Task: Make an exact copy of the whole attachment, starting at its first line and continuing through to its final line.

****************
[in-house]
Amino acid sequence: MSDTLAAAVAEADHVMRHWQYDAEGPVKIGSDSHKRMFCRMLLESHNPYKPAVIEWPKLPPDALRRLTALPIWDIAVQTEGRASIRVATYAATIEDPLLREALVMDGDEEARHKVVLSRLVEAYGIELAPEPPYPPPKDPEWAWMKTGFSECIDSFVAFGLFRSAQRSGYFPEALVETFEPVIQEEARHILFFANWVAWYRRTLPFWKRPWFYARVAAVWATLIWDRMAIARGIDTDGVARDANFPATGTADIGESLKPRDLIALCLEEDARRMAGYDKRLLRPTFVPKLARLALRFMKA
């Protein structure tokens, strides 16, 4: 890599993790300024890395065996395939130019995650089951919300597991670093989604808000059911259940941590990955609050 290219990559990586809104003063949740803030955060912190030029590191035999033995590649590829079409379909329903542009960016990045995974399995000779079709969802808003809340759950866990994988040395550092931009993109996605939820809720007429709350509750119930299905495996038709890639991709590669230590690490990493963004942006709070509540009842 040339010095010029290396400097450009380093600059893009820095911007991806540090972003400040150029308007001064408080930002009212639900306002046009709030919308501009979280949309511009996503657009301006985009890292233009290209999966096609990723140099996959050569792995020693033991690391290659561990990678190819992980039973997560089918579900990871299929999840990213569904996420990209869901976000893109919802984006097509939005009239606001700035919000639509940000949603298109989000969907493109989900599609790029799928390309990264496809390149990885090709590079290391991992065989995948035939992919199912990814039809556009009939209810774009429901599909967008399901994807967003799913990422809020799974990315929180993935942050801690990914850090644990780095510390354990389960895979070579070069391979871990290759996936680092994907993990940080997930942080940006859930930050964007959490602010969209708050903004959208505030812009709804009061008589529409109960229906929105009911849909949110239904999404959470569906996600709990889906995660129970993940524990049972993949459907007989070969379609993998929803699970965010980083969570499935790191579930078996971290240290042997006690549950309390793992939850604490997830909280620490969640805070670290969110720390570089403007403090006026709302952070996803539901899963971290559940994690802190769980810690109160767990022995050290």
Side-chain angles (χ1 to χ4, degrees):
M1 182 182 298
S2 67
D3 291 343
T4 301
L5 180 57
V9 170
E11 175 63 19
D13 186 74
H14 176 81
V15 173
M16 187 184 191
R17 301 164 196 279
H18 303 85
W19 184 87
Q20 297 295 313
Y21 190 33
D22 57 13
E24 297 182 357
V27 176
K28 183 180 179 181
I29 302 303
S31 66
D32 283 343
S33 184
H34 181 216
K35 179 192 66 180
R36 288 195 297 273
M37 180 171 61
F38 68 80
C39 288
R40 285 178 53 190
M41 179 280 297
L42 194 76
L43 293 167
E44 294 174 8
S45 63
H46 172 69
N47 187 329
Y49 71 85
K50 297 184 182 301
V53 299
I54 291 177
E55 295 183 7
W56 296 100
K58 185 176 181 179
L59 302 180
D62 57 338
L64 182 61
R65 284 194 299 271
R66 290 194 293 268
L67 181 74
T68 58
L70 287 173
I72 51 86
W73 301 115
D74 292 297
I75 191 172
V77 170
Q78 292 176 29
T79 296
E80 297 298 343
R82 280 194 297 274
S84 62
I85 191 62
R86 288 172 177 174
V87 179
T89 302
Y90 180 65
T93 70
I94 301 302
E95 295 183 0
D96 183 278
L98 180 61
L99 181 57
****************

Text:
[in-house]
Amino acid sequence: MSDTLAAAVAEADHVMRHWQYDAEGPVKIGSDSHKRMFCRMLLESHNPYKPAVIEWPKLPPDALRRLTALPIWDIAVQTEGRASIRVATYAATIEDPLLREALVMDGDEEARHKVVLSRLVEAYGIELAPEPPYPPPKDPEWAWMKTGFSECIDSFVAFGLFRSAQRSGYFPEALVETFEPVIQEEARHILFFANWVAWYRRTLPFWKRPWFYARVAAVWATLIWDRMAIARGIDTDGVARDANFPATGTADIGESLKPRDLIALCLEEDARRMAGYDKRLLRPTFVPKLARLALRFMKA
């Protein structure tokens, strides 16, 4: 890599993790300024890395065996395939130019995650089951919300597991670093989604808000059911259940941590990955609050 290219990559990586809104003063949740803030955060912190030029590191035999033995590649590829079409379909329903542009960016990045995974399995000779079709969802808003809340759950866990994988040395550092931009993109996605939820809720007429709350509750119930299905495996038709890639991709590669230590690490990493963004942006709070509540009842 040339010095010029290396400097450009380093600059893009820095911007991806540090972003400040150029308007001064408080930002009212639900306002046009709030919308501009979280949309511009996503657009301006985009890292233009290209999966096609990723140099996959050569792995020693033991690391290659561990990678190819992980039973997560089918579900990871299929999840990213569904996420990209869901976000893109919802984006097509939005009239606001700035919000639509940000949603298109989000969907493109989900599609790029799928390309990264496809390149990885090709590079290391991992065989995948035939992919199912990814039809556009009939209810774009429901599909967008399901994807967003799913990422809020799974990315929180993935942050801690990914850090644990780095510390354990389960895979070579070069391979871990290759996936680092994907993990940080997930942080940006859930930050964007959490602010969209708050903004959208505030812009709804009061008589529409109960229906929105009911849909949110239904999404959470569906996600709990889906995660129970993940524990049972993949459907007989070969379609993998929803699970965010980083969570499935790191579930078996971290240290042997006690549950309390793992939850604490997830909280620490969640805070670290969110720390570089403007403090006026709302952070996803539901899963971290559940994690802190769980810690109160767990022995050290």
Side-chain angles (χ1 to χ4, degrees):
M1 182 182 298
S2 67
D3 291 343
T4 301
L5 180 57
V9 170
E11 175 63 19
D13 186 74
H14 176 81
V15 173
M16 187 184 191
R17 301 164 196 279
H18 303 85
W19 184 87
Q20 297 295 313
Y21 190 33
D22 57 13
E24 297 182 357
V27 176
K28 183 180 179 181
I29 302 303
S31 66
D32 283 343
S33 184
H34 181 216
K35 179 192 66 180
R36 288 195 297 273
M37 180 171 61
F38 68 80
C39 288
R40 285 178 53 190
M41 179 280 297
L42 194 76
L43 293 167
E44 294 174 8
S45 63
H46 172 69
N47 187 329
Y49 71 85
K50 297 184 182 301
V53 299
I54 291 177
E55 295 183 7
W56 296 100
K58 185 176 181 179
L59 302 180
D62 57 338
L64 182 61
R65 284 194 299 271
R66 290 194 293 268
L67 181 74
T68 58
L70 287 173
I72 51 86
W73 301 115
D74 292 297
I75 191 172
V77 170
Q78 292 176 29
T79 296
E80 297 298 343
R82 280 194 297 274
S84 62
I85 191 62
R86 288 172 177 174
V87 179
T89 302
Y90 180 65
T93 70
I94 301 302
E95 295 183 0
D96 183 278
L98 180 61
L99 181 57